Economics of… repression

Nothing controls the masses better than a nice, little bit of repression. Are those Muslims getting out of control? How about banning the hijab? The gays acting a little bit overconfident? Producing a draconian and apocalyptic-sounding ‘sodomy’ law will help chink away at their in-your-face pride. The working-class asking a little bit too much? Why not take away a few of their lifelines like health and education! Repression is easy if you think about it and with the Scots now bonded with at least another generation of British tyranny, I’ve been thinking about how economics can play a role in ensuring control of those haggis-eating, binge-drinking Celts.

OLYMPUS DIGITAL CAMERATo be honest, I don’t have to look far. Just at a few bits of paper my ancestors bought over from Poland. It was the stamp limiting my grandfather to ‘Ghetto benches’ in public spaces or his rejection from the civil service because he didn’t identify as Catholic. Repression economics are easy; they simply involve excluding any said group from certain portions of work or benefits. Even more subtle is the social alienation of a particular people which, in turn, weakens their ability to fit into our economic system. But maybe the persecution of Jews in 1930s (pre-Nazi, by the way) Poland is too obvious an example.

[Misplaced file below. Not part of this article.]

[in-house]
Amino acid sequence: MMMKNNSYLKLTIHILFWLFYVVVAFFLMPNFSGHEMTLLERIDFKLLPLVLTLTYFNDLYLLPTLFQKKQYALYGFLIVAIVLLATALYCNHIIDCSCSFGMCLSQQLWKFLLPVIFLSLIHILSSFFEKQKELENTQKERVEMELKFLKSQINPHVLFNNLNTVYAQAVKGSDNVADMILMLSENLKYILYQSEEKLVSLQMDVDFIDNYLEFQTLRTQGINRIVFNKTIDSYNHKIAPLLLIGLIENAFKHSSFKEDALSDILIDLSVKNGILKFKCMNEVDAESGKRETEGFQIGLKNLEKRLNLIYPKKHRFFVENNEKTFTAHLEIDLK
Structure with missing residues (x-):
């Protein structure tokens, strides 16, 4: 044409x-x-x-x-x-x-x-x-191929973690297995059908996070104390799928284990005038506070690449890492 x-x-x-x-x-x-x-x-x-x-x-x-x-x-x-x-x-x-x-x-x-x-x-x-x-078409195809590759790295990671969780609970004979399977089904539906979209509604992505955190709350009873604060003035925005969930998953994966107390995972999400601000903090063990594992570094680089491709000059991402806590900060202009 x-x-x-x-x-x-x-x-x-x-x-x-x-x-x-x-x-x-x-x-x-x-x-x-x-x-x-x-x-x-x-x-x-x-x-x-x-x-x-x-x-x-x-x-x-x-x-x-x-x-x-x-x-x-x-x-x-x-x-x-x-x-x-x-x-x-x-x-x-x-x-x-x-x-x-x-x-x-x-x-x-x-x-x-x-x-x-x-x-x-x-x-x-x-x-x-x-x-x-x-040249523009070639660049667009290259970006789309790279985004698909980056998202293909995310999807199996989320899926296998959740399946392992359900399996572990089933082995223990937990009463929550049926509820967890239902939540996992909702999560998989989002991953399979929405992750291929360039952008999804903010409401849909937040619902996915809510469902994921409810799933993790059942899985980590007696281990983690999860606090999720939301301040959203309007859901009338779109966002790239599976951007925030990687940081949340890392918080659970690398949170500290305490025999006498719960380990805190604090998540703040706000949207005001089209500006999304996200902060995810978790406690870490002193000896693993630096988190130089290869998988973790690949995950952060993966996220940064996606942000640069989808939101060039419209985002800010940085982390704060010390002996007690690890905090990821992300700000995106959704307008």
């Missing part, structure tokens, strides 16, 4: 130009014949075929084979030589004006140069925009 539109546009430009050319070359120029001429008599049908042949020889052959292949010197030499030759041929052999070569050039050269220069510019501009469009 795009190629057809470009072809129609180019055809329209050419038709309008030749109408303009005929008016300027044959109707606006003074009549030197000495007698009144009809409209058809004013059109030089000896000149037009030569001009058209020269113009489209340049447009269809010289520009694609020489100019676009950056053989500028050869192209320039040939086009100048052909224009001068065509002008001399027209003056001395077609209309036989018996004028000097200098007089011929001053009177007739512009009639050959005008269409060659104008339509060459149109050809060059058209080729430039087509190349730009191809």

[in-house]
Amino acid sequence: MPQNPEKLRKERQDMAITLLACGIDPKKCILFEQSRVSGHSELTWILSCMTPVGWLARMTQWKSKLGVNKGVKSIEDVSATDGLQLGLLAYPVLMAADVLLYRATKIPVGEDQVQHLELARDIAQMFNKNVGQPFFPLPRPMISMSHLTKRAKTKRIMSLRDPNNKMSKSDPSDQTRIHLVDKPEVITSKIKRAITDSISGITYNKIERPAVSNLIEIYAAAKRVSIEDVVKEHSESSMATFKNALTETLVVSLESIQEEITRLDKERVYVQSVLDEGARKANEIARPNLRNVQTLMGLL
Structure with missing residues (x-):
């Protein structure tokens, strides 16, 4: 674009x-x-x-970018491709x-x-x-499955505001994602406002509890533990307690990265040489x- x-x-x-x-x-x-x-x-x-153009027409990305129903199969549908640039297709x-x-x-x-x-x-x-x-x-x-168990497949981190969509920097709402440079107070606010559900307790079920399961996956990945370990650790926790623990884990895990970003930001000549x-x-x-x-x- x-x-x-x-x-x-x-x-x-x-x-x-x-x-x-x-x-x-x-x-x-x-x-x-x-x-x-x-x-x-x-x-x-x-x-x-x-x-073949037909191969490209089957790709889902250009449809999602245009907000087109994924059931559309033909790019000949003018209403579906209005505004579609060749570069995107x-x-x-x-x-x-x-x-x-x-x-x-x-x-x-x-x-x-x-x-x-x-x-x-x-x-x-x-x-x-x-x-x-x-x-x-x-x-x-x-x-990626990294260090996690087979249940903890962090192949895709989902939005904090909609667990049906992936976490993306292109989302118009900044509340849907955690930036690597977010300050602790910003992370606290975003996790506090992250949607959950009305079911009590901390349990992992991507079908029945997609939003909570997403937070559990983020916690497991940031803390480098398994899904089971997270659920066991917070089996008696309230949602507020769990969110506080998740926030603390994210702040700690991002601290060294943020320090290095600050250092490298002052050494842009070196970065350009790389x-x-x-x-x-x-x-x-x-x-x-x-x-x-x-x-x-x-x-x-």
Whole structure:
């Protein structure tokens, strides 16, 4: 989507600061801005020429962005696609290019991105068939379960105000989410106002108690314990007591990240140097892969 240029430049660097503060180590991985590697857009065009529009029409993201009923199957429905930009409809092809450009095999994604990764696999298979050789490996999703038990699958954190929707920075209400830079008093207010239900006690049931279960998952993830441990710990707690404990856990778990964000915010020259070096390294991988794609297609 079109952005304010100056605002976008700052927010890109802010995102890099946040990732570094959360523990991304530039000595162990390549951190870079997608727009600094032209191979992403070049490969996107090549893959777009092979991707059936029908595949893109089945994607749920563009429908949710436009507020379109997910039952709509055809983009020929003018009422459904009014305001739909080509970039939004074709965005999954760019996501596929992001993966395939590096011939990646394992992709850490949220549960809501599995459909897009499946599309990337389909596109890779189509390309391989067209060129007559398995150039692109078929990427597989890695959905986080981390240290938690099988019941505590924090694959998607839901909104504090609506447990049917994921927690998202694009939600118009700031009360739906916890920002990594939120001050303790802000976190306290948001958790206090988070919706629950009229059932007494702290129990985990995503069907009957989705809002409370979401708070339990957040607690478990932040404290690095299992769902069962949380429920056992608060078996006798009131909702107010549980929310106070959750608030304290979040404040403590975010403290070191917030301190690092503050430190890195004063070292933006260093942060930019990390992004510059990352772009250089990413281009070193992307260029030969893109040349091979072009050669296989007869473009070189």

Whilst subjugating a certain ethnicity or nation might be relatively easy, putting down an overlapping, diverse group whose only shared identity is income is slightly more difficult. Above my desk are the economic bibles of Adam Smith’s The Wealth of Nations and its antidote, Karl Marx’s Das Kapital. Smith claims, and to a great extent it is easy to believe him, that capitalism gives all humans the opportunity to excel, but when push comes to shove, Marx – looking at the satanic mills and squalor bought about by the Industrial Revolution – concluded that, ultimately, the class we are born in, is the class we will die in.

Smith’s notion has become the embodiment of the American Dream, the idea that anyone can make it in the United States regardless of background. But according to a project led by Markus Jantti, an economist at a Swedish university, 42% of American men raised in the bottom fifth of incomes stay there as adults. This is hardly the American Dream as envisaged by the Founding Fathers, but whilst the economic system is difficult to break, we must also ask if it is actively fighting against the poorest in society.

The statistics are similar in Britain; with just the five richest families in the UK owning more money than the bottom 12 million combined. It could be argued, therefore, that in a country, already famous for its immobile class structure, that any policy – whether Conservative or Labour – which reduces spending on social mobility is a form of economic repression which will only increase the plight of the poorest.

Humans need investment in order to achieve their greatest amount of productivity. Like machines need to be regularly updated to achieve their greatest potential, human beings need to be healthy, educated and happy in order for them to contribute fully to the economy as a whole. By failing to support those on the margins of society unable to entirely support themselves, we are creating a market of unfulfilled potential and fuelling repression by economic means.

Photo credit: Mschel (Flickr)

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